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Report
Human Waste Management
Lunch & Learn – May 2014
Anne Augustin MLT, CIC
Network Coordinator – Central West
Human Waste Management
• Goal: To be able to critically assess human waste management
in one’s organization and provide recommendations as
required.
• Objectives
• Describe three risks associated with the management of human waste
in the health care setting.
• Discuss the impact of toilet flushing on contamination of the
environment.
• State four options for disposal of human waste in the health care
setting.
• Describe the pros and cons for each of the four options of human waste
disposal in the health care setting.
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Risks Associated with Human
Waste Management?
• Decanting human waste
• Dumping urine, feces, vomit into the toilet or hopper (sluice)
• Toilet flushing
• Use of spray wands to rinse receptacles (i.e., bedpans)
• Disperses droplets of the fluids into the immediate area of
the toilet
Image: Public Health Ontario
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Aerosols Generated by Flushing
• Position of settle plates
• Toilet was seeded
• Serratia marcescens
• MS-2 bacteriophage
• Untreated toilet
• Treated toilet
• sodium hypochlorite at 5000
ppm
• neutralized
• Flushed
• 1 min.
• 30 min.
• 60 min.
Barker J and Jones MV 2005
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Aerosols Generated by Flushing
• Formed stool – very little risk of dissemination of bacteria
• Viral diarrhea – dissemination by aerosols (breathing in airborne particles) and
contact
• Bacterial diarrhea – dissemination by aerosols contaminating touch surfaces
Barker J and Jones MV 2005
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Clostridium difficile and Toilets
• Does flushing the toilet (lid up) cause widespread
contamination of Clostridium difficile?
• Human fecal suspensions containing standardized C. difficile
load
• suspension was poured into the toilet bowl and applied to the sides to
mimic the diarrhea
• Toilets:
• Cleaned inside and out with 1000 ppm of free available chlorine and
then neutralized
• Agar Plates
• Top of the tank, right and left hand side of toilet, on the floor, and on
top of the lid (for the closed lid experiment)
Best EL, Sadoe JAT, Wilcox MH 2011
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Clostridium difficile and Toilets
• Settle plates – during the 90
minutes after flushing:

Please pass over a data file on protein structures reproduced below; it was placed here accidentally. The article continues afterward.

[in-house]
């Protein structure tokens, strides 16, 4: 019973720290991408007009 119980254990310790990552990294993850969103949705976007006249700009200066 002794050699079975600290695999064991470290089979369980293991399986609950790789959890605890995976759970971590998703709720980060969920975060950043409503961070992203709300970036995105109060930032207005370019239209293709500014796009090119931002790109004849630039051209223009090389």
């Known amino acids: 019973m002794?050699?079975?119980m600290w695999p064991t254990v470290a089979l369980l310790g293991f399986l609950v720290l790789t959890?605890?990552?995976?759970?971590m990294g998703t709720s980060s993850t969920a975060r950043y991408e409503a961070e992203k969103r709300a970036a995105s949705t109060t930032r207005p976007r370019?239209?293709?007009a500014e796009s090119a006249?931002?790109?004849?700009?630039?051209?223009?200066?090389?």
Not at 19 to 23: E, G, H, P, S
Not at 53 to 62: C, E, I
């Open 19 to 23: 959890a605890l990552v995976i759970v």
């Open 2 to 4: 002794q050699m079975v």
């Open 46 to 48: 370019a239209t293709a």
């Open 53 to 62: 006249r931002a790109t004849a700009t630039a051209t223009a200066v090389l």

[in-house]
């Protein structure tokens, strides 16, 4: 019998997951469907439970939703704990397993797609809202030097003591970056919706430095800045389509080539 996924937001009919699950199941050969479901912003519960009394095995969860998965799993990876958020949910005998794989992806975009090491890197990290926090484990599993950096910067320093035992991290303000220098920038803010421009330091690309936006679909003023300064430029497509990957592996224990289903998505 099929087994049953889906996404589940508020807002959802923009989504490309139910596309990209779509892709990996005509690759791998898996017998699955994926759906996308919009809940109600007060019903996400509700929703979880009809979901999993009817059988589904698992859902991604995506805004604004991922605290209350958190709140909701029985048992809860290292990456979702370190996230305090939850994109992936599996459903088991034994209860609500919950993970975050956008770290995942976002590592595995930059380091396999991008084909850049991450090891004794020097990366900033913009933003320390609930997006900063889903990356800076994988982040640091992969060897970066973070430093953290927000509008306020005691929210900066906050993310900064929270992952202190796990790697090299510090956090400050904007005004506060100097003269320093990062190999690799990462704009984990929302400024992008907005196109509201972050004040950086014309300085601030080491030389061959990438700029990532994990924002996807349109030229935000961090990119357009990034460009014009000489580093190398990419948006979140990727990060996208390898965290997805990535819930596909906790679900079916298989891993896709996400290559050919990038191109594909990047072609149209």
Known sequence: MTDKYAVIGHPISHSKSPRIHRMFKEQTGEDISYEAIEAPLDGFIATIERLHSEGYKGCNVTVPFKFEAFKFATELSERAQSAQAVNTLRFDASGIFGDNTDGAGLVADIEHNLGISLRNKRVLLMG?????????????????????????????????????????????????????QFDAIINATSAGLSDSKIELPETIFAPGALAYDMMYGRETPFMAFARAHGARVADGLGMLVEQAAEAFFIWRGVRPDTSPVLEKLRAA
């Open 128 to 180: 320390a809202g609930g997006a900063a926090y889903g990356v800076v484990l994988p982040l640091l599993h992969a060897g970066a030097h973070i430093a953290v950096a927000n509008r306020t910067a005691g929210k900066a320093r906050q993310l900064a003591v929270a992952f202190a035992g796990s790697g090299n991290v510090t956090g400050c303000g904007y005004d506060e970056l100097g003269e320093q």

• Large droplets are released
• Contaminate the immediate
environment.
• Floor, tank and toilet seat
• Closing the toilet seat lid decreased dissemination
• Surfaces become rapidly seeded
with C. difficile after toilet
flushing
• Frequent cleaning needed to
remove environmental
contamination - especially with
repeated toilet use
Best EL, Sadoe JAT, Wilcox MH 2011
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Contamination
• Contaminates items in close proximity to the toilet
• Can spray human waste on healthcare providers
• Increases the risk of transmission to
patients/residents/clients and healthcare providers
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Human Waste Management
Protect the
Environment
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Protect the
Patient and
Residents
Protect the
Staff
Provide a
Safe
Environment
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Options….Dumping of Human
Waste into Toilet or Sluice
• Blop, blop, splish, splash
• Dumping into toilet, sluice or use of spray wand
• CSA Z8000 – no spray wands
• Controls at the health care provider
• Least effective
• Use of personal protective equipment (PPE)
•
•
•
•
•
Gloves
Gown
Mask
Eye protection
Hand hygiene – before and after
Image: Microsoft Clip Art
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Options….Dumping of Human
Waste into Toilet or Sluice
• PPE donned every time human waste is dumped
• This is the least desirable option
• Patient/resident at risk
• Contaminating the environment
• Health care provider at risk
• Contaminating the health care worker and the environment
Image: Microsoft Clip Art
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Break the Transmission
Human Waste Management
Bag-type Liner
• Lines a bedpan or
commode
• Disposed into the
regular waste
stream
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Macerator
• Mechanical
chopping and
water
• Disposable
receptacle
• Disposed into the
sanitary sewer
Washer Disinfector
• Removes soil and
cleans medical
equipment
• Provides low-level
disinfection
• Noncritical medical
equipment/devices
that do not require
high-level
disinfection or
sterilization may be